Games give you hand-eye coordination and spatial intelligence together with map-reading skills

Date:February 22, 2006 / year-entry #68
Orig Link:
Comments:    16
Summary:Australian comedy group Tripod performs a song that I'm sure describes none of my readers in any way whatsoever. (Courtesy of my good friend The Knitty Professor.)

Australian comedy group Tripod performs a song that I'm sure describes none of my readers in any way whatsoever. (Courtesy of my good friend The Knitty Professor.)

Comments (16)
  1. 8 says:

    I regularly play games, but what’s "spatial intelligence"?

    Those WW2 games are good for my german lingo :) it’s very easy to understand imho.

  2. Randolpho says:

    Spatial Intelligence I assume means the ability to reason and relate in three dimensions. Being able to judge distances and angles, for example.

  3. Andrew Lim says:

    ROFL! They’re funny and can actually sing too!

  4. A regular viewer says:

    "Thanks for your interest in Google Video.

    Currently, the playback feature of Google Video isn’t available in your country.

    We hope to make this feature available more widely in the future, and we really appreciate your patience."

    Half a sphere maketh not a globe.

  5. Phyllis says:

    "Half a sphere maketh not a globe."

    So what are you trying to say, regular viewer?  Am I just being touchy by interpreting that as some criticism of linking to a site that not everyone can view?  Raymond is perhaps being Western-Hemispherecentric?  Or maybe you meant nothing by it.  But if you can’t see it and you’re put out by this, well, boo hoo.

  6. JamesW says:

    If someone posts a .gvp file of the video, or just the URL from the .gvp file, then those of us in less favoured parts of the globe can have a look too.

  7. Kelli Zielinski says:

    … oh hey I resemble that video.  Er, ah, resent it, I mean.  Yeah.  That’s that’s what I meant…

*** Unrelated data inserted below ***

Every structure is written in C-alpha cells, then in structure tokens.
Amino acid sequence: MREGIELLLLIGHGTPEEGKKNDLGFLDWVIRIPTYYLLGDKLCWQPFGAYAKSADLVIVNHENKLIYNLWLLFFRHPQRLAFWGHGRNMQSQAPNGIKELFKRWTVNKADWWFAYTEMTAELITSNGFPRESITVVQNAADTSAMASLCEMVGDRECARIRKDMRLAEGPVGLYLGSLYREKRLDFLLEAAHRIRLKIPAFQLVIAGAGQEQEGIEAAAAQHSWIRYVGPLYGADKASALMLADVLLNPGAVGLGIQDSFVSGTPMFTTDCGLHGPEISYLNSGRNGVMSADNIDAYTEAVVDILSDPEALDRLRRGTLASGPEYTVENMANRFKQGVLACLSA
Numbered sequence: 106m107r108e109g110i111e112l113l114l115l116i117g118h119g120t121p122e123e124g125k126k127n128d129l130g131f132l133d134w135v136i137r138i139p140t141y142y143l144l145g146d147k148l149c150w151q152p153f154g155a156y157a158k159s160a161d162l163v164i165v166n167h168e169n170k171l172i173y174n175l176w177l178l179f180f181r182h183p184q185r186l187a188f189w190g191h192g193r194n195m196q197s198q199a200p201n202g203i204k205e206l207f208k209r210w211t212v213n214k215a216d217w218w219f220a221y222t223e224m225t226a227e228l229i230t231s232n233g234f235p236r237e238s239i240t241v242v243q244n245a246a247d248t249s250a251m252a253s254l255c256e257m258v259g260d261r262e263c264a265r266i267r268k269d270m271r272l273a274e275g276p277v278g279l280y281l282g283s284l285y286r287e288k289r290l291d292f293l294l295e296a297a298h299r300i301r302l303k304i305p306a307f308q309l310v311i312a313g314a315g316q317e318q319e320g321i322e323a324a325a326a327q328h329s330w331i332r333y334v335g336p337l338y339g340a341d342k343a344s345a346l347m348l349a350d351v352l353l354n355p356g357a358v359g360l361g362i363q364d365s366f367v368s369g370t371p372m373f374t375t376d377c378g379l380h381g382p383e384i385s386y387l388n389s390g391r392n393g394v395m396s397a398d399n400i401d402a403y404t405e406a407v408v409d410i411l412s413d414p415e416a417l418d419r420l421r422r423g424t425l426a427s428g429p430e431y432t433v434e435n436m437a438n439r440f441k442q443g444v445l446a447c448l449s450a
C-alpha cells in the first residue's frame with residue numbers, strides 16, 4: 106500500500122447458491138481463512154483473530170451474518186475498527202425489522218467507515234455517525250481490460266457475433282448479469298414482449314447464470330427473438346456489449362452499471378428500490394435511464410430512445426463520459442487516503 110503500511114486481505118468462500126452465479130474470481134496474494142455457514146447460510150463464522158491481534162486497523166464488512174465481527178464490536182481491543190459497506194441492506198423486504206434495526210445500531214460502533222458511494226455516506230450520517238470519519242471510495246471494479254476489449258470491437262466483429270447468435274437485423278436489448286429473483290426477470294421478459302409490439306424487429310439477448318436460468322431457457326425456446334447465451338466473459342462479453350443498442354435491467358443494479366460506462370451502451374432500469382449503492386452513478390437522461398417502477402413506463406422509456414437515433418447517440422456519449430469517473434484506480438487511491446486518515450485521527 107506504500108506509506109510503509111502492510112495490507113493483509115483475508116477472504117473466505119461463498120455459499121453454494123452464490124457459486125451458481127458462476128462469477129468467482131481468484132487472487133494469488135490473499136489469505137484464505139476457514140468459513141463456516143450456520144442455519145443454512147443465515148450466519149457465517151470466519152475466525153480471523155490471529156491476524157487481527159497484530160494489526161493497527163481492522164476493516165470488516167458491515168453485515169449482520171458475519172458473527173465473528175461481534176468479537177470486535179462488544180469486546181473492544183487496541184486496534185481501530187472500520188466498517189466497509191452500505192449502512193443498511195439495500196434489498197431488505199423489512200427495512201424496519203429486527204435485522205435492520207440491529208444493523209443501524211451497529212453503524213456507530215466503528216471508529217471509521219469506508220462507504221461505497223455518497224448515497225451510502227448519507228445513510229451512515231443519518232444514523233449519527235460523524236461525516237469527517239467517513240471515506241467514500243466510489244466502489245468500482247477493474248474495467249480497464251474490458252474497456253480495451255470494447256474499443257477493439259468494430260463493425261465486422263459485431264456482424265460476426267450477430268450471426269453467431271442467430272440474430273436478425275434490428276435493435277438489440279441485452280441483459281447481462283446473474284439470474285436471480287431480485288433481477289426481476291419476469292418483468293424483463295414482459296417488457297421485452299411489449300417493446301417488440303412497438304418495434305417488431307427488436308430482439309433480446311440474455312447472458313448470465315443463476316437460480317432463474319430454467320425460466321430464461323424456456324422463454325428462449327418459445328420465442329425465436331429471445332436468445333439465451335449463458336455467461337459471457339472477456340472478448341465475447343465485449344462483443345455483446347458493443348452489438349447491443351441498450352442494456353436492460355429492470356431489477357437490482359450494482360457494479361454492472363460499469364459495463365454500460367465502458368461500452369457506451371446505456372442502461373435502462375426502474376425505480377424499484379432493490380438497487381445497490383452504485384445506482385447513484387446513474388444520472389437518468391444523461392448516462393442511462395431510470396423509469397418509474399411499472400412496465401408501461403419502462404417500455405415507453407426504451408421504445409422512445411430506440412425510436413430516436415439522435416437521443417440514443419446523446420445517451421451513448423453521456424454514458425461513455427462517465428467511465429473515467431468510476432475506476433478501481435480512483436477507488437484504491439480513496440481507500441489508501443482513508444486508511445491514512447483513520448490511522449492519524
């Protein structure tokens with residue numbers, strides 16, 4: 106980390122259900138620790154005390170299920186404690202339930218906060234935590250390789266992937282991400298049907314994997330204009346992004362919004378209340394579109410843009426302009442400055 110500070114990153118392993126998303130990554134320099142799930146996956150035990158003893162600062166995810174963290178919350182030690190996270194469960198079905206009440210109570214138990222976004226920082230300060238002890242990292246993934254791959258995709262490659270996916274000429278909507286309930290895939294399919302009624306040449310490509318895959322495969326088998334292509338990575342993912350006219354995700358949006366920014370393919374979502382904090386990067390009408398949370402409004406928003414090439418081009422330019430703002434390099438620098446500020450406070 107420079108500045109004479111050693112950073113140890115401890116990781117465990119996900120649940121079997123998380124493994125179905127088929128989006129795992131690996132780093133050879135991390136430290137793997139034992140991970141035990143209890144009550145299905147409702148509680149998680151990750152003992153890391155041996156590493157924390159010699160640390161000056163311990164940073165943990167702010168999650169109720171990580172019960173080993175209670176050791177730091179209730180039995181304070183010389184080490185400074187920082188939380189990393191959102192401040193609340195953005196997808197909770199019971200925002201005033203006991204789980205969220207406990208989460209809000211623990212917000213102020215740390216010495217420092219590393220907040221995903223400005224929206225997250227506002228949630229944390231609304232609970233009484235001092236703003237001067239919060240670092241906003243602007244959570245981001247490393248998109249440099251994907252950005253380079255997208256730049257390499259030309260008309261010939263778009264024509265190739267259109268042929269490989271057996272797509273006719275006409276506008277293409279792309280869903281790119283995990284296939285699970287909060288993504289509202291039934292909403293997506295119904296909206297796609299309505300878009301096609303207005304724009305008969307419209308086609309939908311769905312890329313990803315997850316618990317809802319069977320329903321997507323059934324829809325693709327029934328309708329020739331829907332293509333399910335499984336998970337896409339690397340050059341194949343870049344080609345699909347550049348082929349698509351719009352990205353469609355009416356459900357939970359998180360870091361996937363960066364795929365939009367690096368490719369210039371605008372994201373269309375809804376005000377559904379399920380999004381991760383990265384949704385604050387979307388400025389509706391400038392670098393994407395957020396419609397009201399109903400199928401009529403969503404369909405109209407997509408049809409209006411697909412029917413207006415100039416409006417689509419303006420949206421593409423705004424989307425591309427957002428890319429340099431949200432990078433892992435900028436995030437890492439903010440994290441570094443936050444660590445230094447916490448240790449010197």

8. Ein schönes Lied (auf Englisch) über die Mühen der Männer mit Frauen und Spielekonsolen (und interessante Einblicke über räumliche Koordination und Kartenlesefähigkeiten *g*).

    Quelle: The Old New Thing

  9. Marcel says:

    Great link Iain, thanks!

    These Google videos which I was never able to watch without looking for an open US proxy first were starting to annoy me, too.

  10. Austin Spafford says:

    Simply awesome!

  11. So is this a bad time to mention my level 60 Paladin that has the full LAWBRINGER armor set and THE UNSTOPPABLE FORCE two-handed mace?


  12. Ariel says:


    It doesn’t matter. your DPS is still terrible.


  13. A regular viewer says:

    Iain, many thanks. Much appreciate it.

  14. Tony Blair's third nipple says:

    Video games do indeed increase your map reading skills and spatial awareness. I can prove this by telling you that most women do not play them.

    Go figure

Comments are closed.

*DISCLAIMER: I DO NOT OWN THIS CONTENT. If you are the owner and would like it removed, please contact me. The content herein is an archived reproduction of entries from Raymond Chen's "Old New Thing" Blog (most recent link is here). It may have slight formatting modifications for consistency and to improve readability.

WHY DID I DUPLICATE THIS CONTENT HERE? Let me first say this site has never had anything to sell and has never shown ads of any kind. I have nothing monetarily to gain by duplicating content here. Because I had made my own local copy of this content throughout the years, for ease of using tools like grep, I decided to put it online after I discovered some of the original content previously and publicly available, had disappeared approximately early to mid 2019. At the same time, I present the content in an easily accessible theme-agnostic way.

The information provided by Raymond's blog is, for all practical purposes, more authoritative on Windows Development than Microsoft's own MSDN documentation and should be considered supplemental reading to that documentation. The wealth of missing details provided by this blog that Microsoft could not or did not document about Windows over the years is vital enough, many would agree an online "backup" of these details is a necessary endeavor. Specifics include:

<-- Back to Old New Thing Archive Index